Annika Overodder, TCO Development: 'Can we use our computers forever? Six steps toward a circular economy'
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AUTHORS: Annika Overodder
As part of our blog series for World Consumer Rights Day, we asked thought leaders across the world to provide insight into the campaign theme 'The Sustainable Consumer'.
Annika Overodder, Market Development, from sustainability certification organisation, TCO Development, tells us what you can do to be a more sustainable digital consumer.
This month, National Geographic’s cover story is titled “The End of Trash - can we save the planet by reusing all the stuff we make?” Suddenly, mainstream media has moved the idea of the circular economy to front and center in the consumer conscience. So what would a global shift toward zero-waste, circular solutions mean for how we buy and use computers and other devices, both now and in the future?
The linear economy is not sustainable
Today’s dominating economic model is linear. We take virgin natural resources and make products from them, which we then either discard, store or recycle once we’re done using them — often before their usable life is up. This approach to consumption and production is ruining fragile ecosystems, depleting valuable natural resources and adding to the global waste crisis.
The global e-waste crisis continues
50 million metric tons of electronic waste is being generated per year worldwide. Recycling rates are at best around 20% and many products that are discarded still have some usable life or reusable materials. E-waste contains valuable metals as well as hazardous substances that are often released into the environment and are hazardous to human health. Even more waste is generated when the products are manufactured — to make a notebook computer, 1,200 kilograms of waste is produced, for example from the mining and metals industries.
Circular economy means we need to use longer, re-use and prevent waste
The circular economy is not so much about recycling, but keeping products and materials in high value circulation for as long as possible. For IT products, this means extending product lifetimes and recirculating all materials without producing any waste.
Longer product use is the best way to lower environmental impact. Recycling, while also part of a circular approach, should be of lower priority, since most materials lose value every time they are recycled. Recycling also requires natural resources, such as energy. In a circular economy, products are built to last. They are durable and can be upgraded and repaired. Parts, such as batteries, can be replaced. Today, too many functioning electronic devices are discarded just because of worn-out batteries.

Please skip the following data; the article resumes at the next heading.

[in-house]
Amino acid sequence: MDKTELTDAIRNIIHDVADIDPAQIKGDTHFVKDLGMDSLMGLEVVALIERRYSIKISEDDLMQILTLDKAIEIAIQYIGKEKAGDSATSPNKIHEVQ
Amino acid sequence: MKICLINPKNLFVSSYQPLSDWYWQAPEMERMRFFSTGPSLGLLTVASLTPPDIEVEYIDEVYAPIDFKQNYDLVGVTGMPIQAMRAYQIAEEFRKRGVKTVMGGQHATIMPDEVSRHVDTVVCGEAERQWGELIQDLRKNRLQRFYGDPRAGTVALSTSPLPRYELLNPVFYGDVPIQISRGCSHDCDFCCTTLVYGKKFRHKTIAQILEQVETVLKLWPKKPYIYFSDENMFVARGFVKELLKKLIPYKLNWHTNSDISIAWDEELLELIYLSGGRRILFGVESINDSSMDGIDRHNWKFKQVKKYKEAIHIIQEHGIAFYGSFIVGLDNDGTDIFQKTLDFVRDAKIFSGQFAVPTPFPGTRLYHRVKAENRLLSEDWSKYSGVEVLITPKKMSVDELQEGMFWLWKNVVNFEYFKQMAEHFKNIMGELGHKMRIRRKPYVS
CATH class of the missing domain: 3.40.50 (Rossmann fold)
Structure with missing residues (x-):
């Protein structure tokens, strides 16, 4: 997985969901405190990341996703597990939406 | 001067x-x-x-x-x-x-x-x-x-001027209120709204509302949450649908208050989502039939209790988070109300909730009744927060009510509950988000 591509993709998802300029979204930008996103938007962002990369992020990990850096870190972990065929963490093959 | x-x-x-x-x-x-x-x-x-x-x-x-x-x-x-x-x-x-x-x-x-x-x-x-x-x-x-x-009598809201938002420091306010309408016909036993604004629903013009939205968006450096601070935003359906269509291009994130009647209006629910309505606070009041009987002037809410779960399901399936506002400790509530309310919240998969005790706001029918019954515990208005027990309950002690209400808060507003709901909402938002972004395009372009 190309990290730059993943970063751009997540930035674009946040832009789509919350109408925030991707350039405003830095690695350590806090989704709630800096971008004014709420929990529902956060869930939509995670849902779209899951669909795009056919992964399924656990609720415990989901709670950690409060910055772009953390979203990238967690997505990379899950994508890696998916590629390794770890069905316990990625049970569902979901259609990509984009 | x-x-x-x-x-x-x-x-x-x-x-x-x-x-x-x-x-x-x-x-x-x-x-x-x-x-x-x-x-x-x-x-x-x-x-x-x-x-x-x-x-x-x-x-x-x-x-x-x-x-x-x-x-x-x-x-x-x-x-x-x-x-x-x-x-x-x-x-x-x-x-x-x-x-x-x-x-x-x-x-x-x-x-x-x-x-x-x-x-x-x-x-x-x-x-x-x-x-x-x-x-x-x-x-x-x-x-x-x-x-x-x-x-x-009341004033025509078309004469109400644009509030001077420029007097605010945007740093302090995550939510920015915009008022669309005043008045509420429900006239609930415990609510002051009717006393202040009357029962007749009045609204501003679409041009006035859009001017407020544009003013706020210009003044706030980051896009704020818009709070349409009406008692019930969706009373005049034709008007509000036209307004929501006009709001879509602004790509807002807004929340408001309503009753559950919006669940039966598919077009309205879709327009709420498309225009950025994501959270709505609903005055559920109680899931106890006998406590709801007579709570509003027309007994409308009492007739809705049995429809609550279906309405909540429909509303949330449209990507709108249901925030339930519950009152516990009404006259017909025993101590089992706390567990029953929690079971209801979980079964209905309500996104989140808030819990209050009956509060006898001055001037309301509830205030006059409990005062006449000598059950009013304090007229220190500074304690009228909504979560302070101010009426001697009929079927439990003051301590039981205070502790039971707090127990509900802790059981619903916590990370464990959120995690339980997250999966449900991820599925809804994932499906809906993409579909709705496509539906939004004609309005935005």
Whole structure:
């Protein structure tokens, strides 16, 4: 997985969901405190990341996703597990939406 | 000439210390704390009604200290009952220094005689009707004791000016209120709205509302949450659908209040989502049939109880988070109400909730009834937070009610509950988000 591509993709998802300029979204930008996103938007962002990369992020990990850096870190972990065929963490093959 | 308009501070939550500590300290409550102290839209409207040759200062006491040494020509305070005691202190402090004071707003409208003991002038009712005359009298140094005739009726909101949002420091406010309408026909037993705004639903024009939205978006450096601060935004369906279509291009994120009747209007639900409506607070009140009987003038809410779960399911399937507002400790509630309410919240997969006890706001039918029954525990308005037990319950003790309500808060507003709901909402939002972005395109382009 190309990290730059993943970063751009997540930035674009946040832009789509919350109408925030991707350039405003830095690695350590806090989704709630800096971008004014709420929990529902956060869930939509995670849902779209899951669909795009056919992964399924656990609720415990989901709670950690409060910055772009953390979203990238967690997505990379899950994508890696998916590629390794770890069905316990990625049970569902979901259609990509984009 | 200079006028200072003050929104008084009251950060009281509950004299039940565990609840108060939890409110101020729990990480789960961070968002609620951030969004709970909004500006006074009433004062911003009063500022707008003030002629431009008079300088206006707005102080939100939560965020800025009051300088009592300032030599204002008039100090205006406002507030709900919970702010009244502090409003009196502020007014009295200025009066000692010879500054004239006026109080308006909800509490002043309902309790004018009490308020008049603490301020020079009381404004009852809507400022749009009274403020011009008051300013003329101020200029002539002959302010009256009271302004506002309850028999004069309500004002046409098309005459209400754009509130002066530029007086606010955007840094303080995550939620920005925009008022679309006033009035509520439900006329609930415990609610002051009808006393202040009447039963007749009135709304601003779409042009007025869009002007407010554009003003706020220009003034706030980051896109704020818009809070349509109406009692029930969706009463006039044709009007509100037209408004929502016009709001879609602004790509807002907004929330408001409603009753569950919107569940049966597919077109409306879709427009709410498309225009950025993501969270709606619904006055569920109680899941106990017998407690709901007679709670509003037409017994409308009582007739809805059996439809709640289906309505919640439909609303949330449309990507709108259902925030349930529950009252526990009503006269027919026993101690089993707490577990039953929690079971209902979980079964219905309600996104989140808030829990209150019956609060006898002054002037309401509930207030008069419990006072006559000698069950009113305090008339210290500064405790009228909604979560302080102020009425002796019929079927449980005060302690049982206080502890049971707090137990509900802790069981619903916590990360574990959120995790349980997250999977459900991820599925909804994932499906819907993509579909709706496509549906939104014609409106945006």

Of course, computers and other electronics are complex devices, so transitioning to a circular model will take time. Important decisions like material choice, product life and repairability will be made in the design phase. Customer needs and priorities are also important factors for the IT brands, so it’s important that users and institutional buyers make clear their desire for more sustainable, circular product options.
Here’s what you can do
To extend the usable life of IT products today, and contribute to a more circular future, here are six steps you can take
- Buy used, refurbished or remanufactured IT. Both consumers and organizations can source good quality computers and other devices through refurbishers or remanufacturing organizations specialized in IT.
- Consider if it is possible to repair or sell your current product. By erasing old data, refurbishing and upgrading it, you can give it a longer life.
- If you must buy a new product, choose one that is certified according to a sustainability certification compliant with ISO 14024. Criteria must then be comprehensive, up to date and include both environmental and supply chain sustainability, covering the product’s full life cycle. Compliance with the criteria must be verified by an independent part.
- Purchase a high-performance product. It enables you to keep it for a longer period of time.
- Electronics contain valuable resources and shouldn’t be treated as non-recyclable waste. If it’s not possible to reuse or sell your old products, instead of leaving it to be forgotten in a drawer, hand them in to a recycling facility or another collection point where the materials are taken care of. Many retailers and IT brands accept that you leave your old products with them for recycling.
So here it is, as a consumer the most impactful thing you can do to your electronic products is keeping them in the system for longer. Wait another year or two before buying a new mobile phone (do you really need a new one or are you just tempted to get the latest model?). Take on these six circular steps as a challenge and put yourself in the driving seat. Be the market driver for more sustainable products.